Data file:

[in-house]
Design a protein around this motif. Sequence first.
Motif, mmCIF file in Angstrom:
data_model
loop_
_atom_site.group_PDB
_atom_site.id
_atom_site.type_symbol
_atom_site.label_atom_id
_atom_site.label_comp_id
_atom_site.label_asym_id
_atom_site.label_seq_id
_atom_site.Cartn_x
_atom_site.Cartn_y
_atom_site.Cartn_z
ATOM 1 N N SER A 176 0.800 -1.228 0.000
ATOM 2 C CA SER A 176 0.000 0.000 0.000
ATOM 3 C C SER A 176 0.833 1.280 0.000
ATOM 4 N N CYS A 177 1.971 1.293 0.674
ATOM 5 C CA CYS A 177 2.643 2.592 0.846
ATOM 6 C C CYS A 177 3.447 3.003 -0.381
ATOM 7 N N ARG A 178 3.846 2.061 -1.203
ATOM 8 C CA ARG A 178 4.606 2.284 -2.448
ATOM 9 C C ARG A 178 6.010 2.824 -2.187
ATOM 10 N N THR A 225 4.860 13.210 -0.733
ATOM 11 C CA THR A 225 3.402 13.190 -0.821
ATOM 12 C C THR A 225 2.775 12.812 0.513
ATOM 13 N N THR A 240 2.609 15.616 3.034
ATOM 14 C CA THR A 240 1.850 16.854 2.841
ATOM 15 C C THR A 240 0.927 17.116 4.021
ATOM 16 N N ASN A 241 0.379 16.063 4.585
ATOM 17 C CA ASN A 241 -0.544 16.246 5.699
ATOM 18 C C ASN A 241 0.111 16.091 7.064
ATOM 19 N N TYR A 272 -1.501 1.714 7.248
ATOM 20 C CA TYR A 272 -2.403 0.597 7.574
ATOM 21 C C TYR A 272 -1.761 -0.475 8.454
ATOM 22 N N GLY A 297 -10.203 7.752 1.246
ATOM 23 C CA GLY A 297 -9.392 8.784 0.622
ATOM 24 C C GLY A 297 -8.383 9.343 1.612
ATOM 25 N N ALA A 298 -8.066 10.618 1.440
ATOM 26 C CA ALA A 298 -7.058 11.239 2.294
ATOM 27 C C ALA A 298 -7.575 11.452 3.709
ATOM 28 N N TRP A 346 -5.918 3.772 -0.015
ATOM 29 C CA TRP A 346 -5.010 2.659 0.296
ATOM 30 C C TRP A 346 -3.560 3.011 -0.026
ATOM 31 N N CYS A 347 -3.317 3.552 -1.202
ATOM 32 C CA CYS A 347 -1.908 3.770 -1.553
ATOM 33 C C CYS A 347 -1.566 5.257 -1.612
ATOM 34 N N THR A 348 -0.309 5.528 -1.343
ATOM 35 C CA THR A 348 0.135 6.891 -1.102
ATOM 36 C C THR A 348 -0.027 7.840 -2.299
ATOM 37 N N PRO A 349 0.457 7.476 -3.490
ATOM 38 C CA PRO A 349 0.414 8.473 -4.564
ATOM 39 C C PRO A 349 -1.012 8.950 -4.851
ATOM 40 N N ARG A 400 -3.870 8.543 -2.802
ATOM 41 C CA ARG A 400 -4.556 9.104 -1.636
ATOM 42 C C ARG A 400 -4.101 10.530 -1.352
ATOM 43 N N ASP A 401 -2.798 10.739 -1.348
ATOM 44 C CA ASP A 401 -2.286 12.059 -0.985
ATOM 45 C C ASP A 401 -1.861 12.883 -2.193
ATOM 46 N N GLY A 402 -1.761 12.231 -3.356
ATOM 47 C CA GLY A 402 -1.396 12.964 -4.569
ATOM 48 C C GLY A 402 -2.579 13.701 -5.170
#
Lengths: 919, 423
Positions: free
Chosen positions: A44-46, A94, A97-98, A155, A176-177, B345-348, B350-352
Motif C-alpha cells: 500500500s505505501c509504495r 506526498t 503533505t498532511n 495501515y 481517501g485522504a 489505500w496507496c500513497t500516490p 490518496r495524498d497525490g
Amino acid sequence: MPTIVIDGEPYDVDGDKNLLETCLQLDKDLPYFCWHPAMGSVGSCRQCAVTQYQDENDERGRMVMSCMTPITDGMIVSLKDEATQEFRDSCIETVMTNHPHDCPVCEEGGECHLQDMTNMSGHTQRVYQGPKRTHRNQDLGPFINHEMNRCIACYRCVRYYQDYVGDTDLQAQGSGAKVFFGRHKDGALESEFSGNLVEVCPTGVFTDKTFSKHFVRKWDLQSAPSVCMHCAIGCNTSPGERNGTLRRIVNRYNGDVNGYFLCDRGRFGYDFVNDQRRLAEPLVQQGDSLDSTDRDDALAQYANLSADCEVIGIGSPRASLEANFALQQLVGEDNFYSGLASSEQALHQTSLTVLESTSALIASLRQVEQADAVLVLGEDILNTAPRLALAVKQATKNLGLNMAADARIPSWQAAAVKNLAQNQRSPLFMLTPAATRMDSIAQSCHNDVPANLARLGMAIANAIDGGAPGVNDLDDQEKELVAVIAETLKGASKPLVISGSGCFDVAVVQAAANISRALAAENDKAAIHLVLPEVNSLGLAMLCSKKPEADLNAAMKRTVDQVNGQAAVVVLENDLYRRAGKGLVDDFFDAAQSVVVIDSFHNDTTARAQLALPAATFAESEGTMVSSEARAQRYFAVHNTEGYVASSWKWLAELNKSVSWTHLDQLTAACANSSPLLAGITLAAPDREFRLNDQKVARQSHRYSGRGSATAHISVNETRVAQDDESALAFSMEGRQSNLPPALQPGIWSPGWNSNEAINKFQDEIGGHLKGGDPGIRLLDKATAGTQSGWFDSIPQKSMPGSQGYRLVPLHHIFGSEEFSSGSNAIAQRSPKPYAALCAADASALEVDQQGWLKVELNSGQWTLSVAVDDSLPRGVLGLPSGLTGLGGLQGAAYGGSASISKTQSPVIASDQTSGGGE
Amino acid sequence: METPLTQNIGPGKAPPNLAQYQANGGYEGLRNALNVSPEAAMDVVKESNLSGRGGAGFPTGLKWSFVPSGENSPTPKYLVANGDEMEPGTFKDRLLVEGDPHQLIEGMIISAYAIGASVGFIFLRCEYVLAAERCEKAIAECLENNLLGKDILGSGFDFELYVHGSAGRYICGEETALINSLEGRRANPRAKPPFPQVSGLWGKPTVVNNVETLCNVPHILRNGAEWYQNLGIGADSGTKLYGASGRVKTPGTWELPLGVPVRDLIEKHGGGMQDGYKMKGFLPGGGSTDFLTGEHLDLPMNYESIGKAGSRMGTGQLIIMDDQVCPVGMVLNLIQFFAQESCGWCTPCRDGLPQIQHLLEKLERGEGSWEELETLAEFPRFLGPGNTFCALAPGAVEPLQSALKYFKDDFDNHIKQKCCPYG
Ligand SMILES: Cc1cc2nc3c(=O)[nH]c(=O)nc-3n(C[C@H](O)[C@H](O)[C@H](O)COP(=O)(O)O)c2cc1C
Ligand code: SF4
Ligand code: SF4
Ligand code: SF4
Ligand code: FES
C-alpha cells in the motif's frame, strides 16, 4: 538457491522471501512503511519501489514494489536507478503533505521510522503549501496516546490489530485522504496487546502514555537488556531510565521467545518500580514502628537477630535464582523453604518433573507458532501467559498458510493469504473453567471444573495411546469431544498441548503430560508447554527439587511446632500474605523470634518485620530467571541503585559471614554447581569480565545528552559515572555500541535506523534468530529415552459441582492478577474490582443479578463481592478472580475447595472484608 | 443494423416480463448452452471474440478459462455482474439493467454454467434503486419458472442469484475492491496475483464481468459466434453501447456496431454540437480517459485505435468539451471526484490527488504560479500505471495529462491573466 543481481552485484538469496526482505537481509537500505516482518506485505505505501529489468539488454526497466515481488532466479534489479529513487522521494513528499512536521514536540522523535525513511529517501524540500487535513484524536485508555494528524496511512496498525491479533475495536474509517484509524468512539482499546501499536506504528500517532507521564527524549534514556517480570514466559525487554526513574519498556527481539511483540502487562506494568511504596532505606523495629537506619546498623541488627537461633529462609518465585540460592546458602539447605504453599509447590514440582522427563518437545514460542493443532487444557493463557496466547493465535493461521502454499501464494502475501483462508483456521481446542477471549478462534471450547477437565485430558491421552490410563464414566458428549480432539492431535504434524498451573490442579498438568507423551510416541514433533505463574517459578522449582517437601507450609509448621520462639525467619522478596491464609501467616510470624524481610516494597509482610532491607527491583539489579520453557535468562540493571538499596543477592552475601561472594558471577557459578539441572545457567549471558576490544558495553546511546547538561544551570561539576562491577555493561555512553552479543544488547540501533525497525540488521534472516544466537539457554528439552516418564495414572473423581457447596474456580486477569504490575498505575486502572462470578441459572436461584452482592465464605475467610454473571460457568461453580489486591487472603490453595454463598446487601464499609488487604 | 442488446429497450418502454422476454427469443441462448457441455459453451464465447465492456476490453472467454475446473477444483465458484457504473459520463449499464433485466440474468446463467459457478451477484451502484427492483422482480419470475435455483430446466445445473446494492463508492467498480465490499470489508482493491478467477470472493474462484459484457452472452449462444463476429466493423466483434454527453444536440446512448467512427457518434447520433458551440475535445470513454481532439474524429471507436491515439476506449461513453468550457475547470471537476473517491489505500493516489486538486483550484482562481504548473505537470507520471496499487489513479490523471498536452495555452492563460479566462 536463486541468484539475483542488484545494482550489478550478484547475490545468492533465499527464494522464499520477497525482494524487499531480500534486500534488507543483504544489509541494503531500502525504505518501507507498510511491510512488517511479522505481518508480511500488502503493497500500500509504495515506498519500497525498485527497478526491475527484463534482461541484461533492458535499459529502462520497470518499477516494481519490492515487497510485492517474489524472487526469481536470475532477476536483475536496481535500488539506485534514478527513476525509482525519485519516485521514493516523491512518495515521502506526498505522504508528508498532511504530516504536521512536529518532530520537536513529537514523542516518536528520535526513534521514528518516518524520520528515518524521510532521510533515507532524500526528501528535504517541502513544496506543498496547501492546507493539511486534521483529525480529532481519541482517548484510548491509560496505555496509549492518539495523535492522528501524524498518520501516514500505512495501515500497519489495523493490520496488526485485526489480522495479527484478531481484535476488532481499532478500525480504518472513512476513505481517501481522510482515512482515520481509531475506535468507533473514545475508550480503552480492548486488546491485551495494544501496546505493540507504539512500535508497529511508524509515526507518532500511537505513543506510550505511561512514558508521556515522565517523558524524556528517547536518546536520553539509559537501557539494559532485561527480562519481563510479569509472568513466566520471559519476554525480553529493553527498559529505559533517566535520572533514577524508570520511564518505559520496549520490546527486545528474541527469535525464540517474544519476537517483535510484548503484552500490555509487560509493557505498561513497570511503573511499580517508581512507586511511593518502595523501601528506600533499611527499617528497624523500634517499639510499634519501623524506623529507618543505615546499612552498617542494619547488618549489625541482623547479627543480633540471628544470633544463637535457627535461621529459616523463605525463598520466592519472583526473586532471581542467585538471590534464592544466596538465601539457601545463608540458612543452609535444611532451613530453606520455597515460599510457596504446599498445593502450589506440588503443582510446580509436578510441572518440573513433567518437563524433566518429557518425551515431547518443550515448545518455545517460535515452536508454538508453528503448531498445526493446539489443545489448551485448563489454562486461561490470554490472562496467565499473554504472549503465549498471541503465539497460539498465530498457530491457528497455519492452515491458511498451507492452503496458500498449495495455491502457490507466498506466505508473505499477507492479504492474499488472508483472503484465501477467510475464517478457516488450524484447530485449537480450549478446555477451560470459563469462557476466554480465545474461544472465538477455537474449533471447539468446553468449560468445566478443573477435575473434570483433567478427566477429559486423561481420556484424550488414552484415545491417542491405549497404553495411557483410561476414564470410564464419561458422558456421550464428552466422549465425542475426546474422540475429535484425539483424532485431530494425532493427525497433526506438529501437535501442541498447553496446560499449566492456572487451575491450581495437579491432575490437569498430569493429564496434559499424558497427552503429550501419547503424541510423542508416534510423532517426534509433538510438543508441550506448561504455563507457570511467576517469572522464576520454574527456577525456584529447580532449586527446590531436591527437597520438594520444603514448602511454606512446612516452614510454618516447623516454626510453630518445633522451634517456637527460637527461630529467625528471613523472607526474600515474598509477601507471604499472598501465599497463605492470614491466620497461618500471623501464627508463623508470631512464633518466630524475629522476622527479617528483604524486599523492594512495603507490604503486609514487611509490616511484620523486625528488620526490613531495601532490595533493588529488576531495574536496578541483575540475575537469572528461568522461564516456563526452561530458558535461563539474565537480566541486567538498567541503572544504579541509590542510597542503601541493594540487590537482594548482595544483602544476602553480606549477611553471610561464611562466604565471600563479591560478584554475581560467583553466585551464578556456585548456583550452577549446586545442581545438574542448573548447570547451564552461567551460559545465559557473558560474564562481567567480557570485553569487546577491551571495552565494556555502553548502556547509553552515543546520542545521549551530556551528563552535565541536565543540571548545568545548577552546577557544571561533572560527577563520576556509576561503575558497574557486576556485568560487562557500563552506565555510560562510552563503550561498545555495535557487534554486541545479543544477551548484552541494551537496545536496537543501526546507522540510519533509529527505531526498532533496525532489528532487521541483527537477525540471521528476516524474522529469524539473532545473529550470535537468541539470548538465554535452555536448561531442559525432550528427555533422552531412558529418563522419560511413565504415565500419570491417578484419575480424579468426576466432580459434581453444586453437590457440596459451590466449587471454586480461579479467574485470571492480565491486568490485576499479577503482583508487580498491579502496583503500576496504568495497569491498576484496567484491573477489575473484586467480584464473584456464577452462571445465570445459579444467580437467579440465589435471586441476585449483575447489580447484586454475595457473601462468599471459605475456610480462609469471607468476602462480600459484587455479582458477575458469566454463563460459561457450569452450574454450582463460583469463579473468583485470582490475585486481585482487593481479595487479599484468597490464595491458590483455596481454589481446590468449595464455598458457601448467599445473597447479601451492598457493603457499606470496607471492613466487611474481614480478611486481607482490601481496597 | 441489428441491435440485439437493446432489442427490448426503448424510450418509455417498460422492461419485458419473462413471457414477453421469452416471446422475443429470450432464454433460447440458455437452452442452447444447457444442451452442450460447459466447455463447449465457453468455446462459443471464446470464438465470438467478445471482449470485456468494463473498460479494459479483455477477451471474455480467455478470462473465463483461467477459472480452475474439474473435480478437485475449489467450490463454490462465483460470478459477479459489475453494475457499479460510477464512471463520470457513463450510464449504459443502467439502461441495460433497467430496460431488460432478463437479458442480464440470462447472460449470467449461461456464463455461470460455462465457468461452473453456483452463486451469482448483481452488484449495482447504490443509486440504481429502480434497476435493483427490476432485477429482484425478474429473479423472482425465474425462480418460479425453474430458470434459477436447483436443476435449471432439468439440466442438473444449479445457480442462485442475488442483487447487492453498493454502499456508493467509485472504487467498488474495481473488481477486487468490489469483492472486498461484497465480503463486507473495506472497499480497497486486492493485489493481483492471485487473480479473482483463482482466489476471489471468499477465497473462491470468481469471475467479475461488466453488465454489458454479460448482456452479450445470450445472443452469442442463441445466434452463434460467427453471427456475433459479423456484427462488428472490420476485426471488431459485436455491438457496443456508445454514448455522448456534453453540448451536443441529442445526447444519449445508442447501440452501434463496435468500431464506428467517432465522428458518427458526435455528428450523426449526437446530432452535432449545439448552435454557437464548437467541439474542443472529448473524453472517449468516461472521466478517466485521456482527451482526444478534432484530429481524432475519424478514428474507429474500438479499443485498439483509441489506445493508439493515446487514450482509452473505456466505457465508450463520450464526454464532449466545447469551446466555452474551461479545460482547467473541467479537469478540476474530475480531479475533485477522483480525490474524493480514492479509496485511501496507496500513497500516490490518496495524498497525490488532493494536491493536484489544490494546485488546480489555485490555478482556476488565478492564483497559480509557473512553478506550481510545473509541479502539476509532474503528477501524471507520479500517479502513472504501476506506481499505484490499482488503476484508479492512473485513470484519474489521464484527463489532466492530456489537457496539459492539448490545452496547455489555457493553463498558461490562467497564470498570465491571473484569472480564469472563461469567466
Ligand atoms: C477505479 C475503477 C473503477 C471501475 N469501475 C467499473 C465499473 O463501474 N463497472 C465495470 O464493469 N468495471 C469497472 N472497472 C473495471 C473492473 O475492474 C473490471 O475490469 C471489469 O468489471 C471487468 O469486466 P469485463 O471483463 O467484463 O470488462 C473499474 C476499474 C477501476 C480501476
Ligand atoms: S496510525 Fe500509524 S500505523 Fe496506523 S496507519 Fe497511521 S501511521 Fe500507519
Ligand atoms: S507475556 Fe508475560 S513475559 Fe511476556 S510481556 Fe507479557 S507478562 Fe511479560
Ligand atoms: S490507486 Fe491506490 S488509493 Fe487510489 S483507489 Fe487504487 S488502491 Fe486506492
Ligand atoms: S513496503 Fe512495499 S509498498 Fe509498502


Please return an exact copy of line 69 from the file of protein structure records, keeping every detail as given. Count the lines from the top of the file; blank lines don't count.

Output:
Amino acid sequence: MPTIVIDGEPYDVDGDKNLLETCLQLDKDLPYFCWHPAMGSVGSCRQCAVTQYQDENDERGRMVMSCMTPITDGMIVSLKDEATQEFRDSCIETVMTNHPHDCPVCEEGGECHLQDMTNMSGHTQRVYQGPKRTHRNQDLGPFINHEMNRCIACYRCVRYYQDYVGDTDLQAQGSGAKVFFGRHKDGALESEFSGNLVEVCPTGVFTDKTFSKHFVRKWDLQSAPSVCMHCAIGCNTSPGERNGTLRRIVNRYNGDVNGYFLCDRGRFGYDFVNDQRRLAEPLVQQGDSLDSTDRDDALAQYANLSADCEVIGIGSPRASLEANFALQQLVGEDNFYSGLASSEQALHQTSLTVLESTSALIASLRQVEQADAVLVLGEDILNTAPRLALAVKQATKNLGLNMAADARIPSWQAAAVKNLAQNQRSPLFMLTPAATRMDSIAQSCHNDVPANLARLGMAIANAIDGGAPGVNDLDDQEKELVAVIAETLKGASKPLVISGSGCFDVAVVQAAANISRALAAENDKAAIHLVLPEVNSLGLAMLCSKKPEADLNAAMKRTVDQVNGQAAVVVLENDLYRRAGKGLVDDFFDAAQSVVVIDSFHNDTTARAQLALPAATFAESEGTMVSSEARAQRYFAVHNTEGYVASSWKWLAELNKSVSWTHLDQLTAACANSSPLLAGITLAAPDREFRLNDQKVARQSHRYSGRGSATAHISVNETRVAQDDESALAFSMEGRQSNLPPALQPGIWSPGWNSNEAINKFQDEIGGHLKGGDPGIRLLDKATAGTQSGWFDSIPQKSMPGSQGYRLVPLHHIFGSEEFSSGSNAIAQRSPKPYAALCAADASALEVDQQGWLKVELNSGQWTLSVAVDDSLPRGVLGLPSGLTGLGGLQGAAYGGSASISKTQSPVIASDQTSGGGE